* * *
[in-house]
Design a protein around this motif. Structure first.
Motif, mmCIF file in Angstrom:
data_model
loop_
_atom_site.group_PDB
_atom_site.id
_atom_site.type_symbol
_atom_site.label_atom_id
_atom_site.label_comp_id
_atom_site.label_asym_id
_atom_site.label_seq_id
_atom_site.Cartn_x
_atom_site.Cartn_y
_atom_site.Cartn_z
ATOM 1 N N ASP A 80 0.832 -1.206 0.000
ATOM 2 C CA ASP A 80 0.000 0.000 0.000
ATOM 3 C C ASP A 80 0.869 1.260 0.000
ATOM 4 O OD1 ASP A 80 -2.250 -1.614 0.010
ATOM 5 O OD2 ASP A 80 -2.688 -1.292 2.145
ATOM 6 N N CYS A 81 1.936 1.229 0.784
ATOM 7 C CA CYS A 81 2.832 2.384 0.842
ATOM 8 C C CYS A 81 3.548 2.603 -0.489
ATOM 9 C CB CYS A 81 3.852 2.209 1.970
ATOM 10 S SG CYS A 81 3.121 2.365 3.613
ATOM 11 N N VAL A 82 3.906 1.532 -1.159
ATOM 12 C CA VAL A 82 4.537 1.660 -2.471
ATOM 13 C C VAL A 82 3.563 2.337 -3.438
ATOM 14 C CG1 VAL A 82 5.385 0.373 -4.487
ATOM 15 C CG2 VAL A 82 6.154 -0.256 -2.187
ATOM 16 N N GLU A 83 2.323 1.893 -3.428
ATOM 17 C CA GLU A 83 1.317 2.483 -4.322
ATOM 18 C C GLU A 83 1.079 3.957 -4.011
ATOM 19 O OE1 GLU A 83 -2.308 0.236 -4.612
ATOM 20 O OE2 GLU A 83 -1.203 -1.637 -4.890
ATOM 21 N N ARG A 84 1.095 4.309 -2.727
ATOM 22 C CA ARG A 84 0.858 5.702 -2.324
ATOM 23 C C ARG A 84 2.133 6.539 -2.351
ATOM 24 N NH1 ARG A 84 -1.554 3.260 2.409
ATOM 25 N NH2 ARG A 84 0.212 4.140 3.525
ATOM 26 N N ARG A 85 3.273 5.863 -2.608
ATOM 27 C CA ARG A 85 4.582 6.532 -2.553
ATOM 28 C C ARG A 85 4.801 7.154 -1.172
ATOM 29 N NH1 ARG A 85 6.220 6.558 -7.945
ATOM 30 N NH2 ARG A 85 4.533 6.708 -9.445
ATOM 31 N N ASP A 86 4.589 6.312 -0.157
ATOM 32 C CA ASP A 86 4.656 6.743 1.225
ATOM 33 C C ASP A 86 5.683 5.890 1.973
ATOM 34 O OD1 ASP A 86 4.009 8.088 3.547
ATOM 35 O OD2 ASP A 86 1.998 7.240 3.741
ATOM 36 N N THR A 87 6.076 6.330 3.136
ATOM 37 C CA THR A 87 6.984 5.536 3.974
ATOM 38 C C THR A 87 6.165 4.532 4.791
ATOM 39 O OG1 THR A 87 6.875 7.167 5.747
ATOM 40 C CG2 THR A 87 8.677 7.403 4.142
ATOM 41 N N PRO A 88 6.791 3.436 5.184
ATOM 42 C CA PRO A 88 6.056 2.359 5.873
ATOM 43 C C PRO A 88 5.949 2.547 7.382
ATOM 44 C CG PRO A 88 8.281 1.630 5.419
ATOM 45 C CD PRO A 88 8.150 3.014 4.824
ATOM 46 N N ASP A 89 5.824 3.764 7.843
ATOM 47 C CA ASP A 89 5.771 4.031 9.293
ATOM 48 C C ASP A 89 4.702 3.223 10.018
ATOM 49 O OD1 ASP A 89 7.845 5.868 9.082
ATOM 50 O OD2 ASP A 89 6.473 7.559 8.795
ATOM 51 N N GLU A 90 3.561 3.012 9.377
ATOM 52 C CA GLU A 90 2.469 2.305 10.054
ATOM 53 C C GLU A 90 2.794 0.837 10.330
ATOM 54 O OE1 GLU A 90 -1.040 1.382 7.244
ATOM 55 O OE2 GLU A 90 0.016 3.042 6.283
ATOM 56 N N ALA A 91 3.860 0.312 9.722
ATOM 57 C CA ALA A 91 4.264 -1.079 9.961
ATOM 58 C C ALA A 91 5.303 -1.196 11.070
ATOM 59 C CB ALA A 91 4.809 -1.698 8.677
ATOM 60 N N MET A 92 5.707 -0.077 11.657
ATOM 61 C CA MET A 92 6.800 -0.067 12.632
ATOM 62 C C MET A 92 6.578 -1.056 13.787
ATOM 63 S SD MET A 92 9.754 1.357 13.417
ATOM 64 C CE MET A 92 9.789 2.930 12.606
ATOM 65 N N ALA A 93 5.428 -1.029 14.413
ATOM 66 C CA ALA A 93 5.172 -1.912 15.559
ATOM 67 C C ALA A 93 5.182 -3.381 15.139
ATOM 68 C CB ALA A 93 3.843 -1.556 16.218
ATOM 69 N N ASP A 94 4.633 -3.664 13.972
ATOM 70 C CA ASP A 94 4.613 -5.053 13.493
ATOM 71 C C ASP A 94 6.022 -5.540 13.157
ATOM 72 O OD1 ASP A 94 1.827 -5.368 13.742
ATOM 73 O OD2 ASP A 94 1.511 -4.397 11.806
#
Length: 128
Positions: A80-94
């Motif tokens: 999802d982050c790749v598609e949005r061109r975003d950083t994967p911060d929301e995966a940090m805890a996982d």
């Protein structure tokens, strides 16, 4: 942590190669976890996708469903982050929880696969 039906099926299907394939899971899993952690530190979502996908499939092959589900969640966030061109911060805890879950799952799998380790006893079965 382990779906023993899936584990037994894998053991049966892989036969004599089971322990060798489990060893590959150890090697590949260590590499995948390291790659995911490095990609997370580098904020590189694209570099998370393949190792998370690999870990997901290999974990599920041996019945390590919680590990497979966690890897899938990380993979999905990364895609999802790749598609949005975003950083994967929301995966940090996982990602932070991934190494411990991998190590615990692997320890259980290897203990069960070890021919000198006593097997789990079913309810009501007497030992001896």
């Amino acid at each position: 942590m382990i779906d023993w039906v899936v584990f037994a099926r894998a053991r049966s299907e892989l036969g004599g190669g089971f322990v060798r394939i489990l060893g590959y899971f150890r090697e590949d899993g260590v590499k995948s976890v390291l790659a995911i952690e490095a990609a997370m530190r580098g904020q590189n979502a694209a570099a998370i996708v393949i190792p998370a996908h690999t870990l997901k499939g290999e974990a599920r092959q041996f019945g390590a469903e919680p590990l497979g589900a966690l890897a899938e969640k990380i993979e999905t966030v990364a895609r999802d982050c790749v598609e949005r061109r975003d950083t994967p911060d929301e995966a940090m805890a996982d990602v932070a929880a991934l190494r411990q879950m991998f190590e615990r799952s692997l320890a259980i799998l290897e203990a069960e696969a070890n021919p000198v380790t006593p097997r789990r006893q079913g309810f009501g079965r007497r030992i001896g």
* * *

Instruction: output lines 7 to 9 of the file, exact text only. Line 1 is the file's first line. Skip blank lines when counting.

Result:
_atom_site.id
_atom_site.type_symbol
_atom_site.label_atom_id